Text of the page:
|Date:||Wed, 19 Dec 2007 00:13:30 -0600|
|From:||"ESCO automatic digest system" <LISTSERV@LISTSERV.UIC.EDU>|
|Subject:||ESCO Digest - 10 Dec 2007 to 18 Dec 2007 (#2007-85)|
There are 6 messages totalling 3679 lines in this issue.
Topics of the day:
2. Re: Faster Ortho
3. Re: Faster Ortho
4. Re: Ectopic maxillary molars
5. Re: Ectopic maxillary molar
6. Re: Faster Ortho
|Date:||Fri, 14 Dec 2007 17:41:54 -0600|
|From:||"Dr. Tim Dumore" <drtimbo@DRDUMORE.COM>|
Before I go home for the weekend... I had a patient yesterday who I believe may have set a world record for fastest damaged retainer. Gave him his retainer and instruction and out the door he walked. Two, maybe three minutes later, he came back in the office wondering if he had left his retainer somewhere in the office, but it apparently wasn't here, so he left again. He walked back in again a minute or two later with his retainer in a half a million pieces...apparently after he left the first time, the retainer case had fallen out of his pocket and a car drove over it. Not sure why it wasn't in his mouth at the time; I think we might have mentioned that he was supposed to wear it. He's a good kid- I really like him, but... I also had an adult patient share a funny story; it follows, with her permission. Merry Christmas to you all. Tim Dumore, Winnipeg (2008 Canadian Association of Orthodontists meeting, Winnipeg, September 11-13) "Hi Tim Had a funny ortho moment in court last week - thought I'd share it with you...I had just spoken to the lawyer who wanted me as a witness regarding his cleint. It was just prior to my time to enter to testify. He told me to follow him and enter. I said "just a minute, I need to change my retainer" (meaning I wanted to take it off so I could talk properly!) He whirled around and looked shocked and said "what???" He saw me taking the retainer out of my mouth and said "my lady, changing a 'retainer' means a far different thing to a lawyer!" Arliss"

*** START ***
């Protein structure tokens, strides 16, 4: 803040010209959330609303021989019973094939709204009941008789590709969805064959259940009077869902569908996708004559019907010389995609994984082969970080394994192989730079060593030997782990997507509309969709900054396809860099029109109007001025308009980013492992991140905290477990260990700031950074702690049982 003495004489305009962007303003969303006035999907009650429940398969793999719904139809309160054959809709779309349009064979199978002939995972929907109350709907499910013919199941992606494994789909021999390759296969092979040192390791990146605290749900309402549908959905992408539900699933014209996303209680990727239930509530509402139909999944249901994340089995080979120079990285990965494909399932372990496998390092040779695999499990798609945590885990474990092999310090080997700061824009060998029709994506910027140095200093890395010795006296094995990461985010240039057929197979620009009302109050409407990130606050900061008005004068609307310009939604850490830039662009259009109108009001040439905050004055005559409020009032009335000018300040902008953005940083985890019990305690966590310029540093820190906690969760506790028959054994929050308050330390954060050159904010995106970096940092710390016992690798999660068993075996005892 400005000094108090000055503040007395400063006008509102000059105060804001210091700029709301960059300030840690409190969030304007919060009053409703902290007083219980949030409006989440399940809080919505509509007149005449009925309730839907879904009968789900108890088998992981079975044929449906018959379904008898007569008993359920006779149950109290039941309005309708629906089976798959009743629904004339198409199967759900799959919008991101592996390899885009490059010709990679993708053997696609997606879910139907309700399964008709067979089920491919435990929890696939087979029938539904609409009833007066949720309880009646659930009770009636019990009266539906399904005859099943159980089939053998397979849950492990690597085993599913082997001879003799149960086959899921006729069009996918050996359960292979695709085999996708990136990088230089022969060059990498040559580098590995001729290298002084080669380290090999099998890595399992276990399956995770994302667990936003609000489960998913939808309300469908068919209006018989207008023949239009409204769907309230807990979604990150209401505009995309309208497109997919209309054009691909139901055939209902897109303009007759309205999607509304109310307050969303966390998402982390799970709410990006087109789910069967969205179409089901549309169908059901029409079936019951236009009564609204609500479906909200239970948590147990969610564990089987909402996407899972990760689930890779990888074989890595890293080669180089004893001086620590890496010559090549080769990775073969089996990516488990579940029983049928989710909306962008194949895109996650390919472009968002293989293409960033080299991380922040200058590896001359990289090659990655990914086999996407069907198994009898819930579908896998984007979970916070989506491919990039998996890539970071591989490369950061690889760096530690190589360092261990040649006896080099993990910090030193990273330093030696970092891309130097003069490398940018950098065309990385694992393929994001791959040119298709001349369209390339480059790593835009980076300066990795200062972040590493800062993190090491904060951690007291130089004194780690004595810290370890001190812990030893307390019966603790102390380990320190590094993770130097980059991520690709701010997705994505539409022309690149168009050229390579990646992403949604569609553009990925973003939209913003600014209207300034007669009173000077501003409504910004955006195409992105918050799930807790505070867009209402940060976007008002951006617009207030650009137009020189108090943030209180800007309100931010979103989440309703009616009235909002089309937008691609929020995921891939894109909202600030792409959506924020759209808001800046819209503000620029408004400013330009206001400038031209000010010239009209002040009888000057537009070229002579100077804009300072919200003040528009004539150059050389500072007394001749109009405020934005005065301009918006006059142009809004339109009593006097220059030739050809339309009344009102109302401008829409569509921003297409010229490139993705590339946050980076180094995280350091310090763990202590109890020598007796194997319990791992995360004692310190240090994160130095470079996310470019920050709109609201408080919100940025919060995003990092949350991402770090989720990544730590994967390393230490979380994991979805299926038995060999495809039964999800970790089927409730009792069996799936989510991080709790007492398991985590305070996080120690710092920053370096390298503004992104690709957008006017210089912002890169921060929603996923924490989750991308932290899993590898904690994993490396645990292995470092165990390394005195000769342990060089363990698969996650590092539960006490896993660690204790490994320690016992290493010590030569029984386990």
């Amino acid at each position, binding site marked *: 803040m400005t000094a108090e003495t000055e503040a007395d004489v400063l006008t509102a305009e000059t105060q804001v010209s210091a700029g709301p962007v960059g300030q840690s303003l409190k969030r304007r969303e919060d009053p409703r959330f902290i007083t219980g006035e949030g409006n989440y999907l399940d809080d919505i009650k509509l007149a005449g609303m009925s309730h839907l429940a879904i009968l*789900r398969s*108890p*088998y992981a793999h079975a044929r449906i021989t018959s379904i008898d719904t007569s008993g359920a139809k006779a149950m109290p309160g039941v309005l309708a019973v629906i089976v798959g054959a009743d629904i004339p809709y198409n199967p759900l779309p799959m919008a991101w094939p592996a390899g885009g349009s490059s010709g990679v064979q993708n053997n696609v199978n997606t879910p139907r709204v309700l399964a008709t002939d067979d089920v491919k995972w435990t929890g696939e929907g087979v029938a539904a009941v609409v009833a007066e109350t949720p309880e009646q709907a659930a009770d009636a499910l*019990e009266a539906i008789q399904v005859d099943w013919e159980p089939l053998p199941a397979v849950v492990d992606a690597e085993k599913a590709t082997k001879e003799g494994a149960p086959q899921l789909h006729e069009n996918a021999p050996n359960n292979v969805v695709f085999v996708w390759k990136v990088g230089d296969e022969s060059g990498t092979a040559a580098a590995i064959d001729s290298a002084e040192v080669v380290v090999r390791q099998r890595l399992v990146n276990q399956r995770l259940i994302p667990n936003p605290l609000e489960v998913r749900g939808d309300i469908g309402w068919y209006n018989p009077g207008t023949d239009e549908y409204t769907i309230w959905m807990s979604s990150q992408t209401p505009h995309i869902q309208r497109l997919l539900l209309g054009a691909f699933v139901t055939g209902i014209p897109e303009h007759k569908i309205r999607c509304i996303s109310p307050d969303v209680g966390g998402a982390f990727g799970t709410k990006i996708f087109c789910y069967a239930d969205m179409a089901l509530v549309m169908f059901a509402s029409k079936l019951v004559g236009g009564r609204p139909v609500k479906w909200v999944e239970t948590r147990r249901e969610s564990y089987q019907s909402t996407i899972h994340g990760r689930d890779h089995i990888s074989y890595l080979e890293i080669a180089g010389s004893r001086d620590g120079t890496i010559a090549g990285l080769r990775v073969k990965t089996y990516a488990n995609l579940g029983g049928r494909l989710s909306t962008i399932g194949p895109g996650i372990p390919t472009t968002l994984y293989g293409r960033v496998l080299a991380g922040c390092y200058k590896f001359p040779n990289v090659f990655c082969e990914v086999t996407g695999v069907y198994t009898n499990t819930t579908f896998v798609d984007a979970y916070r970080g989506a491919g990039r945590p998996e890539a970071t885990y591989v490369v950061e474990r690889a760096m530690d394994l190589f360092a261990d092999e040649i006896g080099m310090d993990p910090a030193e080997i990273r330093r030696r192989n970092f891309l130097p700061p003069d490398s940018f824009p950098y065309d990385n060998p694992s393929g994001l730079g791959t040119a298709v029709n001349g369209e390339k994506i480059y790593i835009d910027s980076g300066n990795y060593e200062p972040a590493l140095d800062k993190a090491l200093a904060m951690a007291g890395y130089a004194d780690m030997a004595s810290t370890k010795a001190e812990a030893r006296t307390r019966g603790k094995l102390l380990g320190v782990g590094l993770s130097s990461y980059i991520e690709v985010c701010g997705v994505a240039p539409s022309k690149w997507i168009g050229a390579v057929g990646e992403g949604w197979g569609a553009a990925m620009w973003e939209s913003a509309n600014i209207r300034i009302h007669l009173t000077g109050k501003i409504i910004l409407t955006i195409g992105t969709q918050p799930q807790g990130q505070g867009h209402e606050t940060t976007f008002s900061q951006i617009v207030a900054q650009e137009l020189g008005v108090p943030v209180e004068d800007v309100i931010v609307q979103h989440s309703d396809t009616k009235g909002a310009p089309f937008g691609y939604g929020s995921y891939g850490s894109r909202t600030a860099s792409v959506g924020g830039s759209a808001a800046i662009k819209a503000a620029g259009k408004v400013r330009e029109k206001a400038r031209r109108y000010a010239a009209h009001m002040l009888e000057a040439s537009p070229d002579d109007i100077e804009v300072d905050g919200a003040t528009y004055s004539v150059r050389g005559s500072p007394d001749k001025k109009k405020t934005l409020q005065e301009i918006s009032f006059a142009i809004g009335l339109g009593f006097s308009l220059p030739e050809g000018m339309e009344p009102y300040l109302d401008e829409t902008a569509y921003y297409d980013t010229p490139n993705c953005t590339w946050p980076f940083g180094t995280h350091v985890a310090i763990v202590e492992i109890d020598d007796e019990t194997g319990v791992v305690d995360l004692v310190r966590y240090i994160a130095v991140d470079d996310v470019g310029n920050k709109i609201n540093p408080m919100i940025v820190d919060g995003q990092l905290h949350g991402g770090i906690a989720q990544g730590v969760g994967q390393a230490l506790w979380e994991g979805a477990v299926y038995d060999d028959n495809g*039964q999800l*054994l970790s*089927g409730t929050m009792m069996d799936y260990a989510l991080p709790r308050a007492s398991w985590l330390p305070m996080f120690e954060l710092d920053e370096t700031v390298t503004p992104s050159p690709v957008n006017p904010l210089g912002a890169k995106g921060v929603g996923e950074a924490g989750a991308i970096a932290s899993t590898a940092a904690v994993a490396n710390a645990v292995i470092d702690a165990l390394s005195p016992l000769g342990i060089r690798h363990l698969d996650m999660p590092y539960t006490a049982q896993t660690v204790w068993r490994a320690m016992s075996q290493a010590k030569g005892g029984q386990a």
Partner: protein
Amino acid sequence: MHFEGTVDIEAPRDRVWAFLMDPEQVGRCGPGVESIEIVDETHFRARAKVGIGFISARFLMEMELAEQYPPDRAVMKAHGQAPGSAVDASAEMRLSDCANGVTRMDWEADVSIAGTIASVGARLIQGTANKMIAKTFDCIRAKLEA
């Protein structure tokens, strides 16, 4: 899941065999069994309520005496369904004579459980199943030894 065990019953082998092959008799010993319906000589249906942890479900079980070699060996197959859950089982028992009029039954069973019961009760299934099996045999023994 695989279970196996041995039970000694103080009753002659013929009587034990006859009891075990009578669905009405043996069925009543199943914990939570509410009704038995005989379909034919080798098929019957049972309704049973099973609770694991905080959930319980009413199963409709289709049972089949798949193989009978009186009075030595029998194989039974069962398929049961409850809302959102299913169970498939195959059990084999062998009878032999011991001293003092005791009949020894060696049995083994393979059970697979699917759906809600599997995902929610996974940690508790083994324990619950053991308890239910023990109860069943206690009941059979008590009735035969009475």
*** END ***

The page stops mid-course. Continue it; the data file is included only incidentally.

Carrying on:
|Date:||Tue, 11 Dec 2007 17:25:49 -0500|
|From:||"Gerald Zeit" <gzeit@SYMPATICO.CA>|
|Subject:||Re: Faster ortho|
Got this off the Web: Celerect uses the application of cyclic forces to move teeth in bone faster through accelerated bone remodeling. The product is a removable device, similar to a retainer, which attaches to the orthodontic archwire. The current prototype has been validated in an accepted animal model, with published results. The premise is remarkably simple. Rather than use constant (static) forces, the device applies intermittent forces (?on again/off again?) at a very low frequency (roughly 1 Hz or 60 cycles/second) to the archwire. The patient places and activates the device once daily, for twenty minutes. The applied force (between 2 ? 5 Newtons) is barely noticeable and is not uncomfortable. Patients can carry out any routine daily task during the twenty minute activation period. Most importantly, Celerect works with all existing bracket technologies, and can treat all classifications of malocclusion, therefore representing a true complement, as opposed to a substitute/competitive threat. When Celerect wins, orthodontists and ortho appliance companies (3M Unitek, SDS Ormco, Dentsply GAC; all potential strategic acquirers) also win.
|Date:||Tue, 11 Dec 2007 12:16:54 EST|
|From:||"Diane Johnson" <DHMJDDS@AOL.COM>|
|Subject:||Re: Faster Ortho|
I found the below reference to OrthoAccel. Turns out it's a UIC startup!! Interesting--with no reference to any actual orthodontists involved in its development Current News
LGSB Students Win an Award at the Rice Business Plan Competition
OrthoAccel Technologies, Inc., a biotech startup out of the University of Illinois at Chicago's Liautaud Graduate School of Business won the Conely Rose Intellectual Property Powerhouse Award and the Houston Business Journal/ Jaffe-Deutser Best Marketing and Sales Plan award at the 2006 Rice Business Plan Competition. Team members include Matthew Christian (MBA), Colin James (MBA/MPH), Mark Kwatia (MBA), Kirk Purcell (MBA), and Anna Lisa Somera (MBA/MPH). OrthoAccel competed with over 120 teams from around the world including Harvard, MIT, Stanford, and the University of Chicago.